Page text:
CHANGE HOST NAME IN PARROT LINUX

When Parrot Linux is installed on a computer, it always names that computer, parrot. That can be very confusing if you have Parrot installed on more than one computer, or you want to have a different name for the computer than the default name. During installation, Parrot does not currently allow the user to specify a specific host name during any part of the installation.

There are two ways to change the host name.  Since Parrot is Debian-based, and Debian using Systemd for startup and system processes,  Systemd commands can be used, The “new fangled way.”  You can always use the “old fashioned way,” which requires editing the /etc/hosts and /etc/hostname files.  Either method produces the same result.

The New Fangled Way

Changing the host name using Systemd commands is a two-step process.

  1. Open Root Terminal (accessible through the Menu -> System Tools).
  2. Enter hostnamectl set-hostname NAME where NAME is the new name for your computer.
  3. Close your terminal session, and your computer has been renamed without even having to reboot it.  You can check this by opening a new terminal session.  Looking at the prompt, you’ll see the new host name.

The Old-Fashioned Way

Changing the host name is very easy, but you do have to be careful that that you make sure you don’t assign a name that is currently used on the network. You will have to edit two system files: /etc/hosts and /etc/hostname.

  1. Open Root Terminal (accessible through the Menu -> System Tools).
  2. Enter the root password when prompted.
  3. On the command line, enter pluma /etc/hosts. You can use any other editor that is on your system if you do not want to use pluma.
  4. Locate the line that contains: 127.0.1.1 parrot where hostname is the current name of the computer, parrot.
  5. Change host name to whatever you want. You can use letters, numbers, and dash (hyphen).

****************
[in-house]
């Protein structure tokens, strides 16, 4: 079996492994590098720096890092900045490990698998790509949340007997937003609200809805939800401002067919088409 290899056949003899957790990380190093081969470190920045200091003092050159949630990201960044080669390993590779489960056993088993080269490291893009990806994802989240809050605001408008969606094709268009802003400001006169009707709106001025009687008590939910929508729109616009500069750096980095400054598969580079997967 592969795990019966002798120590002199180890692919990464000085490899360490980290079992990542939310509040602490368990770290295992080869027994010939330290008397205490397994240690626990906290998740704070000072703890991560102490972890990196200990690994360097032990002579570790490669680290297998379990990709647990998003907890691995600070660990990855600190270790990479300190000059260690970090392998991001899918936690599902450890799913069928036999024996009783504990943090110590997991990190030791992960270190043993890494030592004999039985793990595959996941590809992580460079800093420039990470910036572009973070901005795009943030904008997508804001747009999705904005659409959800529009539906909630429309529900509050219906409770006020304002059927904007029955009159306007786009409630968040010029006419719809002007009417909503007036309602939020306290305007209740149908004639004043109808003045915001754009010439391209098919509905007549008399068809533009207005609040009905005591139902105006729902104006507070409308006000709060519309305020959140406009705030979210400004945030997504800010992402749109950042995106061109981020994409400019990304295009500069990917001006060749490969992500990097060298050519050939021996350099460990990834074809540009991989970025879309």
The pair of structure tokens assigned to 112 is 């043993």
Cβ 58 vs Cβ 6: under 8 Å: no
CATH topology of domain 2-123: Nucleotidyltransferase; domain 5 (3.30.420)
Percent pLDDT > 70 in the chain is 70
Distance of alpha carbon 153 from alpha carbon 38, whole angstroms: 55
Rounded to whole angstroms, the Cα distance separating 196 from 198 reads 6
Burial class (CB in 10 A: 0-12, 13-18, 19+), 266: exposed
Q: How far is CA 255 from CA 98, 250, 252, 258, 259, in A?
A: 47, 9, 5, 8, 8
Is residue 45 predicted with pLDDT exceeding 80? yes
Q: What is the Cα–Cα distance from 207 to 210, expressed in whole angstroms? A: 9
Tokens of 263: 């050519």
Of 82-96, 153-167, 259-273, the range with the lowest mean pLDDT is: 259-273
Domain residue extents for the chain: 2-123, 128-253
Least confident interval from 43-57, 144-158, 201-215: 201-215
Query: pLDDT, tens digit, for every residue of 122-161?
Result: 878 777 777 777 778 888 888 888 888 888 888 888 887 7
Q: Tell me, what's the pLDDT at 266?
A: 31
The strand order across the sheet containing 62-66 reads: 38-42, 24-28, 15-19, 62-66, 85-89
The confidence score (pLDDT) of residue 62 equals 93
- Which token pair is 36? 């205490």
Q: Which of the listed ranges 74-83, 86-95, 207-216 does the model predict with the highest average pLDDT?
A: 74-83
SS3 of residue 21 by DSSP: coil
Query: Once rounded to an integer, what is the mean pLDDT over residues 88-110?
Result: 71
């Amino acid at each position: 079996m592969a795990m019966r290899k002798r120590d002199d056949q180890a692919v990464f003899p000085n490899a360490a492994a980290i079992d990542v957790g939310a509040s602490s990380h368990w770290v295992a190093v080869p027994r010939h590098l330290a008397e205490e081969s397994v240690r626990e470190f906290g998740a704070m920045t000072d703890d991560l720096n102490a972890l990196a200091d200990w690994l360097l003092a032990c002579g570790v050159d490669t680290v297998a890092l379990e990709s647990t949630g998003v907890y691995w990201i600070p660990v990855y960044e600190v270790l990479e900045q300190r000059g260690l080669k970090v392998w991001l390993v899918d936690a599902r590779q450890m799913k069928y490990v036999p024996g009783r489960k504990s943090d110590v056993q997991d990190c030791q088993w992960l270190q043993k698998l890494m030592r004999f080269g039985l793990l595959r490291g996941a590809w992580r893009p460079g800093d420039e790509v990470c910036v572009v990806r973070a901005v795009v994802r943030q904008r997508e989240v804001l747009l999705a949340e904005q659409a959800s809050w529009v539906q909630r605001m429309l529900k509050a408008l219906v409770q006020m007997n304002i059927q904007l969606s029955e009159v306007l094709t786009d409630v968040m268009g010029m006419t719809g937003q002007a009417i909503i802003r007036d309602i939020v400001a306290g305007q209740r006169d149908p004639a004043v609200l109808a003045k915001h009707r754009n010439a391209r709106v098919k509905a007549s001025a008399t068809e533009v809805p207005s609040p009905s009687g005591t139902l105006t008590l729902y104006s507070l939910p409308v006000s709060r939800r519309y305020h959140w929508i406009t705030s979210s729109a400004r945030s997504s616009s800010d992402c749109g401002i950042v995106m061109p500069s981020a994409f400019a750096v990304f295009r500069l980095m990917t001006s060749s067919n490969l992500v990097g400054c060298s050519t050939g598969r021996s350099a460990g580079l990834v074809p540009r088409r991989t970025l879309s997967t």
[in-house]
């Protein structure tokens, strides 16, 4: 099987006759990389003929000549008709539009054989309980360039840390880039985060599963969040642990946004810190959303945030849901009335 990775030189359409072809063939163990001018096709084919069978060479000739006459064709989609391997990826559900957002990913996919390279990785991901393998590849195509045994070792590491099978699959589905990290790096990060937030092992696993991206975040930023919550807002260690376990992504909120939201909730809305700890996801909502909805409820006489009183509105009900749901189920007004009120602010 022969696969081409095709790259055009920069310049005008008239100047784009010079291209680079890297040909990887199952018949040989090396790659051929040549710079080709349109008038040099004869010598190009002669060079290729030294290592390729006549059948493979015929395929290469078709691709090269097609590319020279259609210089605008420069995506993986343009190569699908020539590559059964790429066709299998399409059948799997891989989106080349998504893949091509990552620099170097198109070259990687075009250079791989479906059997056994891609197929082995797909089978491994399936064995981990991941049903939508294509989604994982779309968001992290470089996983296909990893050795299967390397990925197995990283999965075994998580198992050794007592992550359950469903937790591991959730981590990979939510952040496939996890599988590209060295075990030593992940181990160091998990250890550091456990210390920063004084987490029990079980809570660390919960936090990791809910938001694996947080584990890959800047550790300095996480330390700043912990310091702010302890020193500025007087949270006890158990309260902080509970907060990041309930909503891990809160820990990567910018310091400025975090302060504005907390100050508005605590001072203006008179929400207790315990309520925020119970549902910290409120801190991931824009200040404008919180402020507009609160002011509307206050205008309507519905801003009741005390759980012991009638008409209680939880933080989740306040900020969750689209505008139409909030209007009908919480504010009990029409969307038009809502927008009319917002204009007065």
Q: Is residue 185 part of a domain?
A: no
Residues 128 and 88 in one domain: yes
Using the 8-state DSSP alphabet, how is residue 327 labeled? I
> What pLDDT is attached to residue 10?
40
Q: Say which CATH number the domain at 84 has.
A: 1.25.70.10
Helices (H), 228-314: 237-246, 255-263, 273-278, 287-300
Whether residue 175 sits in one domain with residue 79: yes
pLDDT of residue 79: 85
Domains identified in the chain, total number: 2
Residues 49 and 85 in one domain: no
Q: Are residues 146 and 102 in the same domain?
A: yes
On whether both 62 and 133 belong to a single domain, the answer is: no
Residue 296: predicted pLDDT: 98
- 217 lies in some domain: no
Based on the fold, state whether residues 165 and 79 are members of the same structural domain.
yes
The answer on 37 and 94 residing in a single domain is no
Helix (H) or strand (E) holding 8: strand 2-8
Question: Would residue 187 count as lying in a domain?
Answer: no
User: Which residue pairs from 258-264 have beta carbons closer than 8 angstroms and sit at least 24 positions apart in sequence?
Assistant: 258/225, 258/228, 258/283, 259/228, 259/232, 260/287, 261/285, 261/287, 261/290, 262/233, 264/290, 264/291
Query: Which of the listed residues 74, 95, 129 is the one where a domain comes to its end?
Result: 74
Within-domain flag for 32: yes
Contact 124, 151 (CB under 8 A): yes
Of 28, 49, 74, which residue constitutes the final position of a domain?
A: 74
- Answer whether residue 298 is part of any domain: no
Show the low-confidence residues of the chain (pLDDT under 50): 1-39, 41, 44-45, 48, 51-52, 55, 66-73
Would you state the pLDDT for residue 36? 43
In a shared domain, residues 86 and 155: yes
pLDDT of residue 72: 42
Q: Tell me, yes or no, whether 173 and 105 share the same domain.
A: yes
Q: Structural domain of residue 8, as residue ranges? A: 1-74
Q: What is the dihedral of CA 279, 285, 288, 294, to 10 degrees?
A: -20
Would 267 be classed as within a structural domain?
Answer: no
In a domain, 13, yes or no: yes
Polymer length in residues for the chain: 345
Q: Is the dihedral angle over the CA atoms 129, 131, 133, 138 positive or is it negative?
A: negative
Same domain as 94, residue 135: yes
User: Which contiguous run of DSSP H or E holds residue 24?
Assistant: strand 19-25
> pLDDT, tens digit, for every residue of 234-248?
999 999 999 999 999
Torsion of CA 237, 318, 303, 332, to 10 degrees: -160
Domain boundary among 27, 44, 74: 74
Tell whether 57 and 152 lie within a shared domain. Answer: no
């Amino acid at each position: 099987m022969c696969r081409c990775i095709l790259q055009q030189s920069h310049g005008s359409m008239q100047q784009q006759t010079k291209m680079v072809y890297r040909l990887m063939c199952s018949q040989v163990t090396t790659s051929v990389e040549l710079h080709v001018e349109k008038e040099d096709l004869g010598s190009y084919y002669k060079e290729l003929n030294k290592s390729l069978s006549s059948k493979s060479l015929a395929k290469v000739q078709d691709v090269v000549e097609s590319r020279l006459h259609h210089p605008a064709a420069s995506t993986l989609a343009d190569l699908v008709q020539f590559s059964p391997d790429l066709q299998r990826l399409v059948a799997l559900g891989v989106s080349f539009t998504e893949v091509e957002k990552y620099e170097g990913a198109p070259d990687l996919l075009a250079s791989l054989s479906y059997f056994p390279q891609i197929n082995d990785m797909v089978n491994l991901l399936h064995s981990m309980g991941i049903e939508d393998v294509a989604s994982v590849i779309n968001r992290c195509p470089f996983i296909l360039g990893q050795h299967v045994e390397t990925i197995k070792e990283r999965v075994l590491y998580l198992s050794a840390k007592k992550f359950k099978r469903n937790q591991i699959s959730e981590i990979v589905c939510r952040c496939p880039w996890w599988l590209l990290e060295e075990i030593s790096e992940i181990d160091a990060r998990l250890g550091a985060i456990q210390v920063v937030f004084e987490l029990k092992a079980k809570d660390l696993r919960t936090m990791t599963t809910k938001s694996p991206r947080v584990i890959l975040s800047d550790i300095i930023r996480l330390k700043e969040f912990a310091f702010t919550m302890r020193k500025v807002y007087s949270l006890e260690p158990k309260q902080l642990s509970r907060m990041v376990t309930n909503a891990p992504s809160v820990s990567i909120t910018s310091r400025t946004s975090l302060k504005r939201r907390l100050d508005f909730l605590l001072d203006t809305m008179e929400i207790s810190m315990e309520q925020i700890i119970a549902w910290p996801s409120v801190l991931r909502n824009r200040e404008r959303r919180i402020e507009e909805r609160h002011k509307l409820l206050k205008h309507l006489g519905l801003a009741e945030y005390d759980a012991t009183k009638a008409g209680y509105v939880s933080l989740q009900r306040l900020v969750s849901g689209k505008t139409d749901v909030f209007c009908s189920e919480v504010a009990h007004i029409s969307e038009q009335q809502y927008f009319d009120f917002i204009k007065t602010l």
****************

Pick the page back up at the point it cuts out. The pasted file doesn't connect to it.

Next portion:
6. Save the /etc/hosts file and exit pluma.
  7. On the command line, enter pluma /etc/hostname.
  8. Look for the line that has parrot.
  9. Change the host name to whatever you want, but it must be identical to the name you used in /etc/hosts.
  10. Save the /etc/hostname file and exit pluma.
  11. Exit Root Terminal.
  12. Once you reboot your computer, you should see the new name when you open a terminal session or browsing devices on your network.

If you have any comments or notice any error(s) in these instructions, please feel
free to contact me.

Barbara

Updated 7-17-18:  Edited to add hostnamectl instructions.

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Eastern Bluebirds – Home Sweet Home

On Wednesday, June 13, 2018, while trying to figure out why my tractor wouldn’t start after I turned it off for a moment, I noticed a pair of birds flitting in and out and perching on top of a dead tree trunk that I was going to have removed.  I didn’t really get a chance to check the birds out until Sunday afternoon.  It turned out that the birds are a nesting pair of Eastern Bluebirds.  They have made an almostEastern bluebird at apex of tree trunk perfectly round hole about four feet up from the ground.  In addition, they have a hole in the back of the trunk at about five feet, along with a tunnel to the top of the trunk that they pop out of.  What they have created is a natural bluebird house.  How could anyone disturb that!

So, Sunday afternoon, I took my camera and plopped out on the newly mowed lawn, sitting about 40 feet from the tree trunk.  I didn’t want to disturb or scare them away.  After about 15 minutes, they became used to me just sitting there and started coming and going from their natural home.  I took a series of photos of this cute pair.   After editing the photos, I decided to create a slide show video.

The Technical Particulars…

All photos were taken during one afternoon session, from approximately 1:40 to 2:00 p.m., using a Nikon D7000; ISO 200; Nikkor AF-S 55-200mm f/4-5.6 ED DX lens set at 185mm and f8; 1/250 sec shutter speed.  I was approximately 40 feet (12.2 meters) from the tree trunk.  I felt that being any closer would keep them from their nesting tree.

All photo processing was done using Ubuntu Mate 18.04.  Raw photos were uploaded and processed using Raw Therapee.   The video was made using Photofilmstrip, which I installed from the Ubuntu Software Center.

I wanted to create a slide show of my bluebird photos and found Photofilmstrip, which creates videos from a set of still photos.  It worked perfectly and was easy to use.  I highly recommend it.  The audio that accompanies the slide show are actual eastern bluebird calls and songs.  I downloaded them from the Cornell University Ornithology Lab Web site.

You can check out my front yard neighbors at

To read more about Eastern bluebirds, check out the following Web sites:

Thanks for stopping by and reading.
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